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ON FAITH & MEDIA View Comments

The Secret Life of Walter Mitty

By
John Mulderig
Source: Catholic News Service


Ben Stiller and Sean Penn star in a scene from the movie "The Secret Life of Walter Mitty."
"The Secret Life of Walter Mitty" (Fox) receives its title, the name of its main character and his principal attribute—a tendency to engage in extravagant daydreams—from a classic 1939 short story by humorist James Thurber. But there the similarities pretty much end.

This is the second time Thurber's wry yarn—itself too brief, perhaps, to be adapted for the screen as anything but a short film—has been made into a feature that retains little resemblance to its source material. In 1947, Thurber's work was given the golden-age Hollywood treatment by director Norman Z. McLeod—and emerged as a song-and-dance vehicle for Danny Kaye.

Turning to the new version, helmed by and starring Ben Stiller, it's hard to say what we have. This strange blend of comedy, drama and travelogue is, by turns, claustrophobic and sprawling, puerile and sweetly emotional. Early scenes showcase humor about awkward workplace situations and executive bullies; later ones present a serious study in self-realization.

At least the outline of the plot is fairly easily sketched: Soft-spoken, office-bound photo editor Walter Mitty (Stiller) takes great pride in his work for a fictionalized version of Life magazine, a publication whose credo, inscribed on a lobby wall, he has learned by heart. But otherwise his existence is so mundane that he frequently escapes into fantasies. These often revolve around his imaginary romance with Cheryl Melhoff (Kristen Wiig), the fetching co-worker for whom he secretly pines.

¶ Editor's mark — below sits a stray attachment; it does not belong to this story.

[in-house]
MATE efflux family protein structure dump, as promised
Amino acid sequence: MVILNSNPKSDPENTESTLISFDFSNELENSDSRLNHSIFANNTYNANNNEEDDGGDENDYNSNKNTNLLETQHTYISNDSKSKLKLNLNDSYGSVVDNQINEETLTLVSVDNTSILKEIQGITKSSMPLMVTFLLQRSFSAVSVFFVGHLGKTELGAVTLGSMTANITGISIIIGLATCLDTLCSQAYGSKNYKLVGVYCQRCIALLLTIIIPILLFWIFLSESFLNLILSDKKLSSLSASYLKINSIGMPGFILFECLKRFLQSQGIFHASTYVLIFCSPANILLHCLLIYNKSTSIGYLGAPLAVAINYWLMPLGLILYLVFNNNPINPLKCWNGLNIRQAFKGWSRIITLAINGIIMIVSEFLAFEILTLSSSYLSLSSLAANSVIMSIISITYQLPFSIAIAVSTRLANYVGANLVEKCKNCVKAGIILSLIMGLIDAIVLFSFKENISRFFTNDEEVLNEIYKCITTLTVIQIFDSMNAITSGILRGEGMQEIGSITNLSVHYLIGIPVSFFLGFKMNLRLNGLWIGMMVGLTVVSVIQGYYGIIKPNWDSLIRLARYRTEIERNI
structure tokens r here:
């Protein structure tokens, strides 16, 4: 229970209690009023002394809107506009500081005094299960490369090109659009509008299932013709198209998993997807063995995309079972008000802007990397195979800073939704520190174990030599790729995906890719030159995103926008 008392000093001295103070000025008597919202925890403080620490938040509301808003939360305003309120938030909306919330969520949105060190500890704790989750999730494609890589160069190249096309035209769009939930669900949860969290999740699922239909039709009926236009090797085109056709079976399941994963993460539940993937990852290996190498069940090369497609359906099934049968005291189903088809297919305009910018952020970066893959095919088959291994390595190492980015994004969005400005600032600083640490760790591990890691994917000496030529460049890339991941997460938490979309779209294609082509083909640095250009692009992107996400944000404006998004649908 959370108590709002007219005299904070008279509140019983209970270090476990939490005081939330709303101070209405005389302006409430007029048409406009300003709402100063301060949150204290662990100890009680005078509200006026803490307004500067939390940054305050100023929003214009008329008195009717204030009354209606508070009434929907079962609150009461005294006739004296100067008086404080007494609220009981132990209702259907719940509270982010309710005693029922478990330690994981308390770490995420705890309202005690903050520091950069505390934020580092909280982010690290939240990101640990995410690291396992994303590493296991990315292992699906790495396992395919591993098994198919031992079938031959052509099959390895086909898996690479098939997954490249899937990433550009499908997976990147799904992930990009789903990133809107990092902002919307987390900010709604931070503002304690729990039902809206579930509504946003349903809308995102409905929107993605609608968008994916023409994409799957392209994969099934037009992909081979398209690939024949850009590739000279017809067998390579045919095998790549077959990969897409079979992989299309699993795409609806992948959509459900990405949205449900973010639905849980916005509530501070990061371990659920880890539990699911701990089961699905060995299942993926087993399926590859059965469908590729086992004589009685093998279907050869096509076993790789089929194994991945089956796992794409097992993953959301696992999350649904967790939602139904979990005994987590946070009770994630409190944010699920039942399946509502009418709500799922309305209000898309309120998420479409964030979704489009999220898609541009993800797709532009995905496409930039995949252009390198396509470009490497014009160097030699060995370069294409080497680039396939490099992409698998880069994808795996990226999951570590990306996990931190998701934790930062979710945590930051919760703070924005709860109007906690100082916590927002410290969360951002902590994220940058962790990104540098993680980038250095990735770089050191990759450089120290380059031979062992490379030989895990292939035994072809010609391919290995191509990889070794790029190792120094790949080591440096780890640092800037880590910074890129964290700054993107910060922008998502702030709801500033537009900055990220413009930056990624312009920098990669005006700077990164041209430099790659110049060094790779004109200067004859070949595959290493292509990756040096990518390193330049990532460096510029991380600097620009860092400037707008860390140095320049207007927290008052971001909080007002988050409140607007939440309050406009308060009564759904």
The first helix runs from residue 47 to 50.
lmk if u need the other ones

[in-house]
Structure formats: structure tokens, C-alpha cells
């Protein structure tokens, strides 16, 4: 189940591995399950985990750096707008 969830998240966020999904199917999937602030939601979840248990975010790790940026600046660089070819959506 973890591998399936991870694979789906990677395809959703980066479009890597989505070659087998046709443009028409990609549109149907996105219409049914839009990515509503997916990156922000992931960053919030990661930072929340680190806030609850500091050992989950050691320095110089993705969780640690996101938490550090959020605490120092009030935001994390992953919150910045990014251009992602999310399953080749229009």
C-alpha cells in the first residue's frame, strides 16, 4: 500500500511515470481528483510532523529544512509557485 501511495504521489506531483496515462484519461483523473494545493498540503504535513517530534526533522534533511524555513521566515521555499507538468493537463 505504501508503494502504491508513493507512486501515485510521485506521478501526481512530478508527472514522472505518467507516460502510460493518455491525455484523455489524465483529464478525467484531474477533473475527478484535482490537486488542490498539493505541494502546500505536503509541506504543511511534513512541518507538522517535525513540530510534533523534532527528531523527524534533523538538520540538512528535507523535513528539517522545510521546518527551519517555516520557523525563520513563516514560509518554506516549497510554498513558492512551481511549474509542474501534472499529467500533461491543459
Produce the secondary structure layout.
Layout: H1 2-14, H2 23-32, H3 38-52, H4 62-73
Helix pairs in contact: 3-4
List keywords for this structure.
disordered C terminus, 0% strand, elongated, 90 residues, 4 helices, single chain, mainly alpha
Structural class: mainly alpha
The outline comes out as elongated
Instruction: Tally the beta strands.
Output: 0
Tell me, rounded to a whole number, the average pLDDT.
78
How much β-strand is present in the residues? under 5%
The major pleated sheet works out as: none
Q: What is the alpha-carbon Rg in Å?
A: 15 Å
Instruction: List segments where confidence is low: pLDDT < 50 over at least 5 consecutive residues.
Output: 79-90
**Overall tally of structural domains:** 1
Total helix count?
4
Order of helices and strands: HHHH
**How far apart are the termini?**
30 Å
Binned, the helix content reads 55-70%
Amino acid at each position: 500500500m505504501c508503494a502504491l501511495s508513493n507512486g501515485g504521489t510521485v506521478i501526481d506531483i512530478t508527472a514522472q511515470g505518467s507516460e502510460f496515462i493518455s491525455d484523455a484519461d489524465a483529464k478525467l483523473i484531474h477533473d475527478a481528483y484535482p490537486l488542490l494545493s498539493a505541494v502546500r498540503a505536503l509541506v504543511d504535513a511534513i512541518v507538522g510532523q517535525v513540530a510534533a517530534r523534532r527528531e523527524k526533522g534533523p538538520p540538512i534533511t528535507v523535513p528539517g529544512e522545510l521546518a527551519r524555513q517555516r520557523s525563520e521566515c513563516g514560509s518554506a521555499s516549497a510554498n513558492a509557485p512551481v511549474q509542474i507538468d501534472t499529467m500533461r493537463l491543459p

When a crucial negative sent in from the field by Life's leading photographer Sean O'Connell (Sean Penn) goes missing, Walter is facing unemployment unless he can recover it. Thus begins a series of globetrotting expeditions that will transform Walter's delusions of grand adventure into reality.

One of the movie's most enjoyable subplots charts Walter's interaction with recent divorcee Cheryl's teen son, Rich (Marcus Antturi). A former skateboarding whiz, Walter gains Rich's attention and respect by giving him skating tips, and later brings him back an appropriate memento from one of his far-flung journeys. When circumstances suggest a possible reconciliation between Cheryl and her ex, moreover, Walter respectfully steps back from his timid wooing of her.

At the other end of the emotional spectrum lies Walter's caricatured relationship with Ted Hendricks (Adam Scott). This locker-room bully of an executive has no patience for his easily abashed subordinate's woolgathering. Yet he holds Walter's professional future in his callous hands. In fact, Ted is such an irksome overgrown adolescent that Walter imagines various forms of revenge against him ranging from a crushing insult to a violent beating.